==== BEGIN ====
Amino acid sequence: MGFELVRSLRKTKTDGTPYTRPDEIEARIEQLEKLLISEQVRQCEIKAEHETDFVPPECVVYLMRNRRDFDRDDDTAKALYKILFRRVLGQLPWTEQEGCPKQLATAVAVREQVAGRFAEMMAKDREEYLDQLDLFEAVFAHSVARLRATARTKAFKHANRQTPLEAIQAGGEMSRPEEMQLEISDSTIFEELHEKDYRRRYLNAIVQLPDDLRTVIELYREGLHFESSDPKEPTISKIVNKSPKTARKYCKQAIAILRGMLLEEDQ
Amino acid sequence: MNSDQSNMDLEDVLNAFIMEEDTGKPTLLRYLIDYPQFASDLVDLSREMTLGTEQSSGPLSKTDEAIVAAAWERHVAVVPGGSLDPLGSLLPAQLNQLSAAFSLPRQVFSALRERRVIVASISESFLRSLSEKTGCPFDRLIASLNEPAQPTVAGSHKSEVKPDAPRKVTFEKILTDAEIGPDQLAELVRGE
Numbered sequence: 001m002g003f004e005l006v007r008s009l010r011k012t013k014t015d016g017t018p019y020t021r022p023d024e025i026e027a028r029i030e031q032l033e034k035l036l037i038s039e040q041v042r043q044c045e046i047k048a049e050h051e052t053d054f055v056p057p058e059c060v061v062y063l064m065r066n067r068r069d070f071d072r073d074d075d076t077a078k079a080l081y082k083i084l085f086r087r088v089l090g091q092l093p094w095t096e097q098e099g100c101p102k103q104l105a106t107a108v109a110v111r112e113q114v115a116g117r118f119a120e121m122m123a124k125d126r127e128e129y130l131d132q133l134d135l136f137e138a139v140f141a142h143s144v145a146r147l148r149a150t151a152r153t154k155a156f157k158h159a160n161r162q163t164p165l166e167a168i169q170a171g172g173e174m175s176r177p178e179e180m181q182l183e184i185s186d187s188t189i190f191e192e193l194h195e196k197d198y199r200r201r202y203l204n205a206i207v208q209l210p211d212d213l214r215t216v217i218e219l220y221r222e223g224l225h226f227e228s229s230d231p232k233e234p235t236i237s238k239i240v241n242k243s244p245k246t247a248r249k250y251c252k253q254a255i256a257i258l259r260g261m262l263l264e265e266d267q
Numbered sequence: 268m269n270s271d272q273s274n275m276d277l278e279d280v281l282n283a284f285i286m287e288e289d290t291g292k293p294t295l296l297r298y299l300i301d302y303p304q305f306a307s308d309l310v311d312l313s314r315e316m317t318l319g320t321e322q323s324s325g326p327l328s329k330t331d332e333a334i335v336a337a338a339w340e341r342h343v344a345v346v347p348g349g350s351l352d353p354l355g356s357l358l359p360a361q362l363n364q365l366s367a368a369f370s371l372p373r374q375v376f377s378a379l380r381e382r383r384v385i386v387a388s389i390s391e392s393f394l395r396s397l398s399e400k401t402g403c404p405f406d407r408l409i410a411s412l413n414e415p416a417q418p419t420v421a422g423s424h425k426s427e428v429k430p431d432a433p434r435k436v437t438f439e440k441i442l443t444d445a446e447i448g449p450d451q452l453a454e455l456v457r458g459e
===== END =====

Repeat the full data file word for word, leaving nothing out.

Amino acid sequence: MGFELVRSLRKTKTDGTPYTRPDEIEARIEQLEKLLISEQVRQCEIKAEHETDFVPPECVVYLMRNRRDFDRDDDTAKALYKILFRRVLGQLPWTEQEGCPKQLATAVAVREQVAGRFAEMMAKDREEYLDQLDLFEAVFAHSVARLRATARTKAFKHANRQTPLEAIQAGGEMSRPEEMQLEISDSTIFEELHEKDYRRRYLNAIVQLPDDLRTVIELYREGLHFESSDPKEPTISKIVNKSPKTARKYCKQAIAILRGMLLEEDQ
Amino acid sequence: MNSDQSNMDLEDVLNAFIMEEDTGKPTLLRYLIDYPQFASDLVDLSREMTLGTEQSSGPLSKTDEAIVAAAWERHVAVVPGGSLDPLGSLLPAQLNQLSAAFSLPRQVFSALRERRVIVASISESFLRSLSEKTGCPFDRLIASLNEPAQPTVAGSHKSEVKPDAPRKVTFEKILTDAEIGPDQLAELVRGE
Numbered sequence: 001m002g003f004e005l006v007r008s009l010r011k012t013k014t015d016g017t018p019y020t021r022p023d024e025i026e027a028r029i030e031q032l033e034k035l036l037i038s039e040q041v042r043q044c045e046i047k048a049e050h051e052t053d054f055v056p057p058e059c060v061v062y063l064m065r066n067r068r069d070f071d072r073d074d075d076t077a078k079a080l081y082k083i084l085f086r087r088v089l090g091q092l093p094w095t096e097q098e099g100c101p102k103q104l105a106t107a108v109a110v111r112e113q114v115a116g117r118f119a120e121m122m123a124k125d126r127e128e129y130l131d132q133l134d135l136f137e138a139v140f141a142h143s144v145a146r147l148r149a150t151a152r153t154k155a156f157k158h159a160n161r162q163t164p165l166e167a168i169q170a171g172g173e174m175s176r177p178e179e180m181q182l183e184i185s186d187s188t189i190f191e192e193l194h195e196k197d198y199r200r201r202y203l204n205a206i207v208q209l210p211d212d213l214r215t216v217i218e219l220y221r222e223g224l225h226f227e228s229s230d231p232k233e234p235t236i237s238k239i240v241n242k243s244p245k246t247a248r249k250y251c252k253q254a255i256a257i258l259r260g261m262l263l264e265e266d267q
Numbered sequence: 268m269n270s271d272q273s274n275m276d277l278e279d280v281l282n283a284f285i286m287e288e289d290t291g292k293p294t295l296l297r298y299l300i301d302y303p304q305f306a307s308d309l310v311d312l313s314r315e316m317t318l319g320t321e322q323s324s325g326p327l328s329k330t331d332e333a334i335v336a337a338a339w340e341r342h343v344a345v346v347p348g349g350s351l352d353p354l355g356s357l358l359p360a361q362l363n364q365l366s367a368a369f370s371l372p373r374q375v376f377s378a379l380r381e382r383r384v385i386v387a388s389i390s391e392s393f394l395r396s397l398s399e400k401t402g403c404p405f406d407r408l409i410a411s412l413n414e415p416a417q418p419t420v421a422g423s424h425k426s427e428v429k430p431d432a433p434r435k436v437t438f439e440k441i442l443t444d445a446e447i448g449p450d451q452l453a454e455l456v457r458g459e